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University responds swiftly, successfully to power reduction request


Energy Use Graph With two hours to prepare, the Virginia Tech community was asked to reduce its electrical demand by approximately one third for a four hour period on July 17. As the graph illustrates, the goal was achieved within minutes and sustained throughout the duration of the event.

BLACKSBURG, Va., July 30, 2012 – Once again, the Virginia Tech community demonstrated its commitment to campus sustainability and its ability to respond quickly when called upon to help.

A recent example of the community's ability to respond occurred on July 17 when Virginia Tech was notified by PJM Interconnection, a regional electric grid operator, that a “load reduction emergency event” was to be issued that afternoon. Soaring summer temperatures were contributing to an increased demand on the region’s power grid, creating the potential for brown outs, according to PJM Interconnection.

Within hours, the university mobilized and significantly lowered its power consumption.

“Because of our agreement with PJM Interconnection, Virginia Tech was required to reduce its campus electrical demand to below the 20,000 kilowatt level by 4 p.m. for up to as late as 8 p.m.” explained Campus Energy Manager Fred Selby. “When the call came in at 1:37 p.m., campus demand was approximately 28,500 kilowatts, so we knew that 8,500 kilowatts would need to be shed in about two hours.”

Facilities Services personnel responded immediately and set into motion the university’s response.

“We began reducing air conditioning levels in non-critical areas, sub-cooling the North Chilled Water Plant chilled water supply temperature, starting up some of the campus’ larger backup emergency generators and transferring electrical loads to them, and canvassing buildings to turn off common area and hallway lighting and equipment,” said Selby. “In addition, Virginia Tech News issued a campus-wide email asking students, faculty, and staff to turn off all unnecessary lighting and to power down all non-critical electrical loads.”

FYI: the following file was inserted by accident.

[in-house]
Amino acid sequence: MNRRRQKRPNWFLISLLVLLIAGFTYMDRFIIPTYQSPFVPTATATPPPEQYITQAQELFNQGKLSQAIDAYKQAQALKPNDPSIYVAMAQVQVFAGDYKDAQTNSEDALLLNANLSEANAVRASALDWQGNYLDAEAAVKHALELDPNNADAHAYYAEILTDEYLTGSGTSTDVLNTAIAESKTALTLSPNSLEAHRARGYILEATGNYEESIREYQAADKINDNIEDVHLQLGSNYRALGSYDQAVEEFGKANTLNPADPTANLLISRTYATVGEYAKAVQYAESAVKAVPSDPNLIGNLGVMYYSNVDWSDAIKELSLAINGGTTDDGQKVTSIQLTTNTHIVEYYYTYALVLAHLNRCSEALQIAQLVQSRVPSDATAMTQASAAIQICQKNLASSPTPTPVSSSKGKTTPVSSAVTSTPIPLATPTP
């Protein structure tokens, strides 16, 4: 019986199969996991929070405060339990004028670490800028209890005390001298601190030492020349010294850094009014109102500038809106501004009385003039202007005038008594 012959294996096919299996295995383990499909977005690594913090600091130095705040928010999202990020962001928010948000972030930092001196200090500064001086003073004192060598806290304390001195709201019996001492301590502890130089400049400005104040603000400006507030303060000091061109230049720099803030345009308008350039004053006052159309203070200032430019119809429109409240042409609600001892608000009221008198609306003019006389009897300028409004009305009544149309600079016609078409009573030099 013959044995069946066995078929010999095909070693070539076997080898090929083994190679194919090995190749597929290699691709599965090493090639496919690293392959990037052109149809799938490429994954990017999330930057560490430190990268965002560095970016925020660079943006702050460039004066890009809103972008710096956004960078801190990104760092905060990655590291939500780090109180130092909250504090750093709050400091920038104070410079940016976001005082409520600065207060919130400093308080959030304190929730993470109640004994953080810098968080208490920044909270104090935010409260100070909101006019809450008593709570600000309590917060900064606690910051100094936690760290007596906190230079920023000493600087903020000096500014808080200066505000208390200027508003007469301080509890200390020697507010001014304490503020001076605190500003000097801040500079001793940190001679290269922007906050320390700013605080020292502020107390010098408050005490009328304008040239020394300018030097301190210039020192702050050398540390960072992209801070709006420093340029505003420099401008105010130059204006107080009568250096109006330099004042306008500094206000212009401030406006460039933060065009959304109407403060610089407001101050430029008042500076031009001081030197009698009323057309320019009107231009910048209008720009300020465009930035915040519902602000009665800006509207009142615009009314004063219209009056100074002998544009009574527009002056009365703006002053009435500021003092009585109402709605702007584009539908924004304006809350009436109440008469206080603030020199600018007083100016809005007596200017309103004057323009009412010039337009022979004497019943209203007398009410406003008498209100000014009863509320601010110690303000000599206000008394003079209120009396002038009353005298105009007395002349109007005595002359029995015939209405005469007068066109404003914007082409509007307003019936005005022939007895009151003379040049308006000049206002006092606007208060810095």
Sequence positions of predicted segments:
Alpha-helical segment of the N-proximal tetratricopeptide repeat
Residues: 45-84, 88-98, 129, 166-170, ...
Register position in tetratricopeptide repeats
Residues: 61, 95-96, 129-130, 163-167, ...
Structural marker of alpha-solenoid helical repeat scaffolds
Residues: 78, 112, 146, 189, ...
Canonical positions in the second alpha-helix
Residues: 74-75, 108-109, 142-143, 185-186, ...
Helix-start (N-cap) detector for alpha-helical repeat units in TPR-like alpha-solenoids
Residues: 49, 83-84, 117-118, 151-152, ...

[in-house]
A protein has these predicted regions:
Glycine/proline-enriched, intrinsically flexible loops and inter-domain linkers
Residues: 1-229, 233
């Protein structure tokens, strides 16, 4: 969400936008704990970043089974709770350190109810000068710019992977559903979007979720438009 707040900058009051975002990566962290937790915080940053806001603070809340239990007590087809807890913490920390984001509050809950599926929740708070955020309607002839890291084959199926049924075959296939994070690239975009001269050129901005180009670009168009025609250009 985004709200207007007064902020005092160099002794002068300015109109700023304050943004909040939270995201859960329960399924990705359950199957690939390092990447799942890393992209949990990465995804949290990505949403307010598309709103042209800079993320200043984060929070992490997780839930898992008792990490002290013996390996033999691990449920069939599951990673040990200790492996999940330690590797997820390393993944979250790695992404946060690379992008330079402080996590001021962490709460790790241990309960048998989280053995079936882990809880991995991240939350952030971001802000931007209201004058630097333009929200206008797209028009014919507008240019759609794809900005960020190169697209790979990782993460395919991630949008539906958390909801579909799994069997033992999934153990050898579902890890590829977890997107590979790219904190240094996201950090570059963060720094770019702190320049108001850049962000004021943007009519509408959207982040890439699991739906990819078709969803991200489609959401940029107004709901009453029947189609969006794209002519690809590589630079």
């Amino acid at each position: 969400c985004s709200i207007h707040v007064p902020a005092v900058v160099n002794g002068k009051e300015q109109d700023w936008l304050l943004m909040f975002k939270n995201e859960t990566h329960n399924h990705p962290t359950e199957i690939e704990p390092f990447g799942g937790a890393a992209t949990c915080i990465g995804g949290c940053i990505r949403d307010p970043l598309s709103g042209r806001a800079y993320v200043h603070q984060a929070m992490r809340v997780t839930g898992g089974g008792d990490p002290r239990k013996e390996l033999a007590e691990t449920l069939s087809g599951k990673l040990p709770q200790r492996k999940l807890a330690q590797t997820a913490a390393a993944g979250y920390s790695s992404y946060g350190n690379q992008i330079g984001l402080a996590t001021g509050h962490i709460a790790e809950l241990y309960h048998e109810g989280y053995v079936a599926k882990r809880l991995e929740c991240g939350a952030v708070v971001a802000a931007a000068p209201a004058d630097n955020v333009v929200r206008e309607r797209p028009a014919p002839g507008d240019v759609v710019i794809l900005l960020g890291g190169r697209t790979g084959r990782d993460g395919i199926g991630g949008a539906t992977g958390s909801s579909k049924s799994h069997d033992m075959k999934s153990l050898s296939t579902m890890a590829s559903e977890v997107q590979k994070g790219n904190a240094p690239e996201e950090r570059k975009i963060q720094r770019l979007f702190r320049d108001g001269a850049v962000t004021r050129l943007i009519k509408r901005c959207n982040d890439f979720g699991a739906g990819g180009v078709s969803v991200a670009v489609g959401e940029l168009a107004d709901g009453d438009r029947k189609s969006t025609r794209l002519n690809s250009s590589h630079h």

Just prior to 4 p.m., the campus electrical load began dropping significantly as demand reduction steps were implemented. Within a couple of minutes after 4 p.m., campus load dipped below the 20,000 kilowatt limit and remained there for the next four hours. The actual demand for the four hour period averaged 19,297 kilowatts.

Facilities Services personnel monitored campus building climate conditions and campus electrical demand over the next four hours. As routine “end-of-shift” load reductions occurred, individual pieces of HVAC equipment were returned to normal operation. When the event ended at 8 p.m., all campus conditions were restored to normal operation.

“During ‘Lights out!/Power down!’ 2012 held June 13, our community successfully demonstrated its ability to reduce energy load consumption with plenty of advanced notice,” said Selby. “On July 17, we demonstrated this again, but this time on very short notice. We are fortunate to have dedicated employees who mobilized quickly, and the response by our community to turn off lights, power down office equipment, and endure warmer-than-normal room conditions in support of our demand reduction obligations, was remarkable.”

For the past three years, Virginia Tech has participated in PJM Interconnection’s “interruptible load reliability” summer demand response program. It requires the university to reduce its electrical demand to below 20,000 kilowatts for a minimum period of one hour, up to 10 times per year, when an emergency condition is declared.

Dedicated to its motto, Ut Prosim (That I May Serve), Virginia Tech takes a hands-on, engaging approach to education, preparing scholars to be leaders in their fields and communities. As the commonwealth’s most comprehensive university and its leading research institution, Virginia Tech offers 240 undergraduate and graduate degree programs to more than 31,000 students and manages a research portfolio of $513 million. The university fulfills its land-grant mission of transforming knowledge to practice through technological leadership and by fueling economic growth and job creation locally, regionally, and across Virginia.